Government officials entered into a private arrangement to transfer 283 medical specialists to the service of the government of Trinidad and Tobago.
The list and capacity includes 15 internal medicine specialists, 15 obstetricians and gynaecologists, 15 paediatricians, four ear, nose and throat specialists, four anaesthetists, four ophthalmologists, four pathologists, four senior psychiatrists, 15 surgeons, four urologists, 15 orthopaedics specialists, 20 radiologists, 40 public health nurses and 100 midwives.
This transfer of health workforce represents 11 per cent of obstetrics and gynaecology capacity, 16 per cent of internal medicine, 15 per cent in paediatrics, 25 per cent in neurosurgery, 27 per cent in pathology, 37 per cent in psychiatry, 53 per cent in orthopaedics, 67 per cent in urology and 71 per cent of radiology.
The justification is that the export is necessary to “accelerate excellent bilateral relations and strengthen the health sector” of Trinidad and Tobago. The officials further claim that medical brain drain curbs human trafficking and prevents “doctors from drowning in the Mediterranean Sea”.
The tragedy of the public narrative is the false assumption that this arrangement is authorised by government. In truth, a few officials not only violate the Constitution, international law and public service standing orders but undermine a sacrosanct pillar of government policy – health system strengthening.
The Institute of Public Policy Research has brought a public interest legal petition on facilitated medical brain drain. We plead that it is illegitimate, illegal, irrational and an abuse of power for unelected officials to hurt patients by diverting medical resources to a foreign country.
The shortlist of doctors and nurses bound for Trinidad and Tobago has been published. Despite all appeals, officials have not bothered to recruit replacements. We know who is leaving our hospitals to serve the government and people of Trinidad and Tobago, but not who will fill the gap in patient care.
This must enter the book of records for being the most surprising decision in the history of public policy.
We have a doctor to patient ratio of 1:24,725 against a World Health Organisation recommendation of 1:1,000 a nurse to patient ratio of 1:11,000 against a recommendation of 1:500.
Yet, this does not take into account regional disparities in the distribution of health workers. About 80 per cent are concentrated in Kampala which caters for five per cent of the population. In most districts, the doctor to patient ratio is more than 1:150,000.Overall, 42 per cent of positions are vacant.
In comparison, Trinidad and Tobago has 10 times as many doctors, three times as many nurses, 22 times the per capita health spending, 32 times the per capita GDP and universal health insurance.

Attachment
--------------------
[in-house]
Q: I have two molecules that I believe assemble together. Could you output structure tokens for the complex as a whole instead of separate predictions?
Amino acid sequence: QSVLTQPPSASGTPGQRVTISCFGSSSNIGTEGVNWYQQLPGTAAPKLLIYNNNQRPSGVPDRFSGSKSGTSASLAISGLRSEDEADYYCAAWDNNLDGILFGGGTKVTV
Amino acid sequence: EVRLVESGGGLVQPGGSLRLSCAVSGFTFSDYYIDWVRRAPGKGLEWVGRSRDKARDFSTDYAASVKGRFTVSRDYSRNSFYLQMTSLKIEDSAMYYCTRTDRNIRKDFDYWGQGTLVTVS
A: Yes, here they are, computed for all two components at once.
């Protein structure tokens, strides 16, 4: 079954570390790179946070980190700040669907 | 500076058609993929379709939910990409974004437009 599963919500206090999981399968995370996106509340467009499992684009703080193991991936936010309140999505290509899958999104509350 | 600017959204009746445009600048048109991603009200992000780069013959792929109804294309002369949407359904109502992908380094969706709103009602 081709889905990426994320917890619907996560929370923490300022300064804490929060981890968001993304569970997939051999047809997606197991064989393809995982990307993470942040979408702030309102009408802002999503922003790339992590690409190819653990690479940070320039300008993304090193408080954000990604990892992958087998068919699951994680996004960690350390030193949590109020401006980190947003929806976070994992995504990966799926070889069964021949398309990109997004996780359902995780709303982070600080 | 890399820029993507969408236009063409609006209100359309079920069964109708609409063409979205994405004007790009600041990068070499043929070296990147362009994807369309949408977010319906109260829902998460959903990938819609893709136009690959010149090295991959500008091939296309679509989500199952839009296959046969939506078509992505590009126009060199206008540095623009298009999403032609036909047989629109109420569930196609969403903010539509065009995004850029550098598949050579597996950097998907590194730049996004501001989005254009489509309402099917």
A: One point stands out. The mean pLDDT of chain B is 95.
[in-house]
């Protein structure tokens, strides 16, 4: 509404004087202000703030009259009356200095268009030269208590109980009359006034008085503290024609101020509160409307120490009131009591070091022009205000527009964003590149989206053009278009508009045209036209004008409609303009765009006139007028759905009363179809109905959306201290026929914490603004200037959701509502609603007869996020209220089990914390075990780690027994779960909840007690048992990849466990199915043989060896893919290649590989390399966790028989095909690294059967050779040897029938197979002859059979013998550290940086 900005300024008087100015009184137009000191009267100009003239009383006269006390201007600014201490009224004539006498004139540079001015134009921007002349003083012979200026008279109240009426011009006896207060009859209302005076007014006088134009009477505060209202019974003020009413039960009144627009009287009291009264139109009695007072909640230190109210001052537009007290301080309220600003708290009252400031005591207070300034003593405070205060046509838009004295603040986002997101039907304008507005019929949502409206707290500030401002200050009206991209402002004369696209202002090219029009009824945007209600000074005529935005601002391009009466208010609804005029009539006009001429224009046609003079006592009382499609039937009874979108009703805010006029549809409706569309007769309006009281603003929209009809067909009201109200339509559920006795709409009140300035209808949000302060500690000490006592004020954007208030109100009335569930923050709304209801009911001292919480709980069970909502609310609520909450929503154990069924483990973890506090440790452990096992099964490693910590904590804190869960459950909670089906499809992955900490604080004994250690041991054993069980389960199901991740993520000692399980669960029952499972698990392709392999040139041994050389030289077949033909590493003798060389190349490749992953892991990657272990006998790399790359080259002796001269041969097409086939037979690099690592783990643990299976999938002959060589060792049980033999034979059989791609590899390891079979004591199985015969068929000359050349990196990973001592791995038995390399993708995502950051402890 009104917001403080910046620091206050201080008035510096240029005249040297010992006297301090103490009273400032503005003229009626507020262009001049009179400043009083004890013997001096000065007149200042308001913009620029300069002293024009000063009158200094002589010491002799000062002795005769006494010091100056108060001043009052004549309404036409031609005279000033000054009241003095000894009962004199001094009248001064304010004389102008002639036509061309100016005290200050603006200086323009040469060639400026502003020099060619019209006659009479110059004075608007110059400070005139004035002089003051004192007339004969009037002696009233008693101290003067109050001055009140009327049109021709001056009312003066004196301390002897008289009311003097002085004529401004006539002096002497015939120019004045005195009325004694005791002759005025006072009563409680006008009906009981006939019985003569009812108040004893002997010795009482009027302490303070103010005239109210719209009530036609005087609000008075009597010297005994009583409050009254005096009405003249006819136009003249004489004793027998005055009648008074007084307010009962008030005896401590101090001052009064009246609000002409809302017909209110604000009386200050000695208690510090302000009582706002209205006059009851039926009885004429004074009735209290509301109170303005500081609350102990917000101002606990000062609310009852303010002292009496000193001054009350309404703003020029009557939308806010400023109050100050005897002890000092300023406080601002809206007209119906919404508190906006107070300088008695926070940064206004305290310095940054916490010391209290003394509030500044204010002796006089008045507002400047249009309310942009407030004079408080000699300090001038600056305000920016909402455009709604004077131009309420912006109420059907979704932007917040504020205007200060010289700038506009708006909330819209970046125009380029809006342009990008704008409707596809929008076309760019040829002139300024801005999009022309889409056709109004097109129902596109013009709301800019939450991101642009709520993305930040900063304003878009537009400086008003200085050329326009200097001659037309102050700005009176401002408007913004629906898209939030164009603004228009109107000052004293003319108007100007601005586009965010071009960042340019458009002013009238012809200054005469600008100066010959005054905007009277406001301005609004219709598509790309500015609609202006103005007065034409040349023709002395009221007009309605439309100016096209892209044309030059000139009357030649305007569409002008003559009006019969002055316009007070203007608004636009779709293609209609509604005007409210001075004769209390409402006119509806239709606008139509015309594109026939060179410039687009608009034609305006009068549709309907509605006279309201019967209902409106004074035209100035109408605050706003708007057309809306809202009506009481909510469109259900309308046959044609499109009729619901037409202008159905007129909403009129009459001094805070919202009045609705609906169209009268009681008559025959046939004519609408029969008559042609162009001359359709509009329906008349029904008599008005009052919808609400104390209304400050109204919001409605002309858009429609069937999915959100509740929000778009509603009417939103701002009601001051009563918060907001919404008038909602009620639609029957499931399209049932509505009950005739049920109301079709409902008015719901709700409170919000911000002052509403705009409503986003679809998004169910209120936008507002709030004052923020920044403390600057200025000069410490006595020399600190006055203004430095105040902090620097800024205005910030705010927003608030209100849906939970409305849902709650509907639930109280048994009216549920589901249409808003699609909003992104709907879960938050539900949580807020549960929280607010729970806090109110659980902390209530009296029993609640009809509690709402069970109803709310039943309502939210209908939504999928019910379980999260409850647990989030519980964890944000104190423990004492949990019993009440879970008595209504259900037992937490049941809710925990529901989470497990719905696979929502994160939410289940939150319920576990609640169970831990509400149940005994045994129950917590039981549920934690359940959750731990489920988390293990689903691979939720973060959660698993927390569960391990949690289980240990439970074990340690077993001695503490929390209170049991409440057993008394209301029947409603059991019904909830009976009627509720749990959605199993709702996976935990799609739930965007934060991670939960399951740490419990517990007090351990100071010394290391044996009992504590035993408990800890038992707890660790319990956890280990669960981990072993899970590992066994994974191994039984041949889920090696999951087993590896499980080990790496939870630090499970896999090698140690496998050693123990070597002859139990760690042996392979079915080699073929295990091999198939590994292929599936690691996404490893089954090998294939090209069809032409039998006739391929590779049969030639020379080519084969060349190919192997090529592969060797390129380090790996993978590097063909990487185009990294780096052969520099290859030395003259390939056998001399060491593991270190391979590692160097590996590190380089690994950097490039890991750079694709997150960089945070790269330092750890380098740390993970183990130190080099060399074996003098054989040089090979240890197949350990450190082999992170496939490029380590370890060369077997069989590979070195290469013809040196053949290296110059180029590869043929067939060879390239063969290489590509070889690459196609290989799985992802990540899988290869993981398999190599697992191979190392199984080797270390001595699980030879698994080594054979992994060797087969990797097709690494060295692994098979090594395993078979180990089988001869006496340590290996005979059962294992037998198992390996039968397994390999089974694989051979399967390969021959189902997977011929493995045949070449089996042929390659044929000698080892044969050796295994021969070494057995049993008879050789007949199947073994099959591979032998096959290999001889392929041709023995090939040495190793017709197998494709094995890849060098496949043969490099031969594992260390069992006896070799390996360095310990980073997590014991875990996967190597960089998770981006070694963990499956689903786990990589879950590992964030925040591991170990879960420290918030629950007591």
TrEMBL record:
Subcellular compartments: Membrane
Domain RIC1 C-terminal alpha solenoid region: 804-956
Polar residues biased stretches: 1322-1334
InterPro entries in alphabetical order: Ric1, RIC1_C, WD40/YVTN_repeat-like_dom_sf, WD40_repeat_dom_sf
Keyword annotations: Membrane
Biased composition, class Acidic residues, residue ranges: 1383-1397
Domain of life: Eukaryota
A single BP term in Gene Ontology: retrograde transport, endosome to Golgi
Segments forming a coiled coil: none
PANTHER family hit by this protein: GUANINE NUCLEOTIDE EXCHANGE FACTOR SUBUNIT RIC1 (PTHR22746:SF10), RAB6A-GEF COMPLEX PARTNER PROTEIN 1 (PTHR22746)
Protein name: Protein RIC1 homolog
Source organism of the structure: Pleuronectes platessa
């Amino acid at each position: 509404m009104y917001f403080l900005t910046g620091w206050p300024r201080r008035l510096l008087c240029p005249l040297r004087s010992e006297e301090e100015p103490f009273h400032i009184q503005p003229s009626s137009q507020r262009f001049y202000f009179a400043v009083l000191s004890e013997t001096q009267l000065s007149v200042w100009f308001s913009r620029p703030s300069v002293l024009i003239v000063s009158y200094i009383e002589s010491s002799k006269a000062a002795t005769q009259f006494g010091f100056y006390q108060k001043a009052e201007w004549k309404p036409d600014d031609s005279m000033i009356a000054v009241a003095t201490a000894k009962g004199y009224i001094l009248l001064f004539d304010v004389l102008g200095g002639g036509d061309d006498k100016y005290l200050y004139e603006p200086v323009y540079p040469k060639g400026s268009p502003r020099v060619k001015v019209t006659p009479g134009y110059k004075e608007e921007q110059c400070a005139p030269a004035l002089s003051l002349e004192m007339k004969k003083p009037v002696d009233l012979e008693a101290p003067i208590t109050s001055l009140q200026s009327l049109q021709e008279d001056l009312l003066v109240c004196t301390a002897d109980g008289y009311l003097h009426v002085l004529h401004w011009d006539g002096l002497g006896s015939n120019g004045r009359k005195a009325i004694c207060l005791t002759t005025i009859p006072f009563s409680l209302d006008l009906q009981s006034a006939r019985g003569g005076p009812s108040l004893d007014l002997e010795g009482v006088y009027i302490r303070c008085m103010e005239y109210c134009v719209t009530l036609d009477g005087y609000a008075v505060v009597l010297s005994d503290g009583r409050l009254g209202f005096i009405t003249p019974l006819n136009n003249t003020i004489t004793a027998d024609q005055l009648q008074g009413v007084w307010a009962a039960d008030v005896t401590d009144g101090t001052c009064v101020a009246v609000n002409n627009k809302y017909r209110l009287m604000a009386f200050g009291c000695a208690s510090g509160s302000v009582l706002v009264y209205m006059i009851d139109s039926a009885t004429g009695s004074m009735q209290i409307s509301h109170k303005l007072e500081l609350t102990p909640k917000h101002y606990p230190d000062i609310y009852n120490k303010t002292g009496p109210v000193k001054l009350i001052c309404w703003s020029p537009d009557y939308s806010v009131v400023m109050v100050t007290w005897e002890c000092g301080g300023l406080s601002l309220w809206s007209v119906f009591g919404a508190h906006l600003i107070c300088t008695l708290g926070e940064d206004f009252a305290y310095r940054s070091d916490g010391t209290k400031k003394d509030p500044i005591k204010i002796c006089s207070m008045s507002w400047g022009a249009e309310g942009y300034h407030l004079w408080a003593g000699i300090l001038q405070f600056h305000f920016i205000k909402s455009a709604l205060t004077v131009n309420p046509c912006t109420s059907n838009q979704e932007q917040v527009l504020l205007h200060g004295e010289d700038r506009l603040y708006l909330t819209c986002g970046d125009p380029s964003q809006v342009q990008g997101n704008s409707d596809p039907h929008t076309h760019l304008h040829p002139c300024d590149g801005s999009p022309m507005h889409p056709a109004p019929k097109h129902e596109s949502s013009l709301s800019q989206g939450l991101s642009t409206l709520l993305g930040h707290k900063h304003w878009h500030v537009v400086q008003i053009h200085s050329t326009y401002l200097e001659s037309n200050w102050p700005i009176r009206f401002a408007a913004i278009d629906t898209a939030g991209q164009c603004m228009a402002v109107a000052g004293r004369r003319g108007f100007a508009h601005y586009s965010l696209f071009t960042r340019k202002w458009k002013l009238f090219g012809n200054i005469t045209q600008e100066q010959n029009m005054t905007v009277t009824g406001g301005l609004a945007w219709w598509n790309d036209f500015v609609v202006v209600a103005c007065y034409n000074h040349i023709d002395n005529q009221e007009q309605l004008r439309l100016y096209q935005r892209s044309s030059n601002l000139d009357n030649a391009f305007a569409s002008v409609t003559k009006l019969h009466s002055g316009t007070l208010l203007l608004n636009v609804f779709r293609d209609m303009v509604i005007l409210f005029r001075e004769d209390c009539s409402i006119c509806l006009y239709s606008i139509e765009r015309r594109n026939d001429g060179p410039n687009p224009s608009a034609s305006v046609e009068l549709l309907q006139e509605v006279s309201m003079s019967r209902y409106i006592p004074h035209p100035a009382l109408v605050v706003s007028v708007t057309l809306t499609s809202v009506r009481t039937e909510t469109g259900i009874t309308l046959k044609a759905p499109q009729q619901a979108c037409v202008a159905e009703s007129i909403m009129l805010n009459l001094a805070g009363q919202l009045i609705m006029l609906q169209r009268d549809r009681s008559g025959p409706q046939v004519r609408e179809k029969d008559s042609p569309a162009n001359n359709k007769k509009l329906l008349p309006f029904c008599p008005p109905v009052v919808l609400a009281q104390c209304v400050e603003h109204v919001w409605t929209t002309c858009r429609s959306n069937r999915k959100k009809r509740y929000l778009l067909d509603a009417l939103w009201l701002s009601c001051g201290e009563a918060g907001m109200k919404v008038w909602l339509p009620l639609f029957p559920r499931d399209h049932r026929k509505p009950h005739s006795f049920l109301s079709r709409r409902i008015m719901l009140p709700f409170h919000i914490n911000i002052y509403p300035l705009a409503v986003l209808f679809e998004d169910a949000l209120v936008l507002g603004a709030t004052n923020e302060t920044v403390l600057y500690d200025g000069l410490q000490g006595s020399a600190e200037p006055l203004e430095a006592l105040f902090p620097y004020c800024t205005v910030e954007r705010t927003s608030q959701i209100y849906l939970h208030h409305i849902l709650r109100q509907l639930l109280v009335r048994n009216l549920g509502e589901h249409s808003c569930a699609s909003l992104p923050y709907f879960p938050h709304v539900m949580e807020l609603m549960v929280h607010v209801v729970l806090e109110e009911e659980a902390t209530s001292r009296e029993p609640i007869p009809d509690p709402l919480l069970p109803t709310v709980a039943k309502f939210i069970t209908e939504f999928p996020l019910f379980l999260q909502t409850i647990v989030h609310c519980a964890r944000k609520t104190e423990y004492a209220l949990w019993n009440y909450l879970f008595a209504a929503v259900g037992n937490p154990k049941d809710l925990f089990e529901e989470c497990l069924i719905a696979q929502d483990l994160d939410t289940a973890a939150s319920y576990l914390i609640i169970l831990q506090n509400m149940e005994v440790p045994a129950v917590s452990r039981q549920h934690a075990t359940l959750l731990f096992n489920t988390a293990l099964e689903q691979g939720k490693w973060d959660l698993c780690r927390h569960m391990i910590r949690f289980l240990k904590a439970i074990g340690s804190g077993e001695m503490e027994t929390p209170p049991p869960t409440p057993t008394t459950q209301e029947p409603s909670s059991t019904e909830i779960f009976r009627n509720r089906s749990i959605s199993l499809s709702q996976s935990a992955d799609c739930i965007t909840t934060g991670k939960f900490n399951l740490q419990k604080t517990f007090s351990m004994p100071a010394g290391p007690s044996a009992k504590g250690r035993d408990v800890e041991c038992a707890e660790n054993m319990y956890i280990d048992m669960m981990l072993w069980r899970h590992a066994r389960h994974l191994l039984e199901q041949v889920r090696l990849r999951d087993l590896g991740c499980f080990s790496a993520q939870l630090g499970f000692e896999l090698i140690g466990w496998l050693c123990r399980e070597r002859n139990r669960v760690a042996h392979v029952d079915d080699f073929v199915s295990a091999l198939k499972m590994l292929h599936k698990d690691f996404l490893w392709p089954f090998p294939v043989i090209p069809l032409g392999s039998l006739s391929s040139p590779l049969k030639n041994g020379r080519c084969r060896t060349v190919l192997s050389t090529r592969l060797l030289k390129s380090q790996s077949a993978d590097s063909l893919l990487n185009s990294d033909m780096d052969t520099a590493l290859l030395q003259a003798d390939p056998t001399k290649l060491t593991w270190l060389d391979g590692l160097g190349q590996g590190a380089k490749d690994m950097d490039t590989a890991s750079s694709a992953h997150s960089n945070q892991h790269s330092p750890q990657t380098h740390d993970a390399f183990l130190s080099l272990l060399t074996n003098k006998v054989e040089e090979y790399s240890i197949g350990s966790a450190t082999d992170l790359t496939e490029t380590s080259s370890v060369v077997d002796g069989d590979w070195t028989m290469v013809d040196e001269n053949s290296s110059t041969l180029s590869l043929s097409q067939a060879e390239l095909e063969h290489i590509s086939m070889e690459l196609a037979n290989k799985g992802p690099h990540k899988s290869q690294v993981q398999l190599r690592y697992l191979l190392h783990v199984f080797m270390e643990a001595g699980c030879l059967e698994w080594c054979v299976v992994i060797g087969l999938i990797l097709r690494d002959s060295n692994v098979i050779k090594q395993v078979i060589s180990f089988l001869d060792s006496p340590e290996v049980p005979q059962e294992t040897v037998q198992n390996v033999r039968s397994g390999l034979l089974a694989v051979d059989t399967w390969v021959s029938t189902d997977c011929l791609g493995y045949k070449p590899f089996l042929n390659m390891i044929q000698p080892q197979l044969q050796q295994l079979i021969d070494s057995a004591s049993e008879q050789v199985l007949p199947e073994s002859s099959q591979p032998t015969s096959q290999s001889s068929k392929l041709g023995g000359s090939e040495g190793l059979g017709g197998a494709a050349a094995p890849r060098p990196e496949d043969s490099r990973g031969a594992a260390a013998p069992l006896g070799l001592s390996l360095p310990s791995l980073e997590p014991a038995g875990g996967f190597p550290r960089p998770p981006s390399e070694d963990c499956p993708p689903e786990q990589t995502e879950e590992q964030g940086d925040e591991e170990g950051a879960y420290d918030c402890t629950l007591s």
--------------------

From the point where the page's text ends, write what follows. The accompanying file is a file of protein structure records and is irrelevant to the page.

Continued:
They have a population of 1.3 million compared to 35 million Ugandans. Only 42 per cent of expectant Ugandan mothers compared to 98 per cent of Trinidadians have access to skilled maternal health services. Our mothers are four times more likely to die during child birth.
Three times as many Ugandan children die before the age of five. If we know this, why should we provide technical assistance and subsidies to this developed country?
To export 100 midwives has the effect of withdrawing maternal health services from 900,000 mothers. The transfer of specialists deprives care to 1.2 million patients. This crime against humanity is committed by some official’s intentional deprivation of medical services, calculated to cause fatal consequences to the lives of thousands of Ugandans.
The specialists should have departed three months ago. The public outcry and petition only provided temporary reprieve. Unfortunately, the court ruling has been indefinitely postponed.
This legal uncertainty and insistence by officials on implementing the scheme provoked the withdrawal of Shs34 billion in donor aid to the health sector. The sum represents annual health spending on 1.2 million people.
This issue will not abate for it is not as simplistic as wages and human trafficking. Medical brain drain invokes deep ethical, moral, legal, political, economic and national security questions, all of which shall be explored in subsequent articles.
For now, let us recall the experience of our mothers and children. It is that pain and loss which compels us to act with urgency.
In the interests of full disclosure, the author took leave from the Foreign Service to challenge the legality, logic and consequence of transferring public health workers to the service of a foreign country.
The writer is the acting executive director Institute of Public Policy Research
SOURCE: Daily Monitor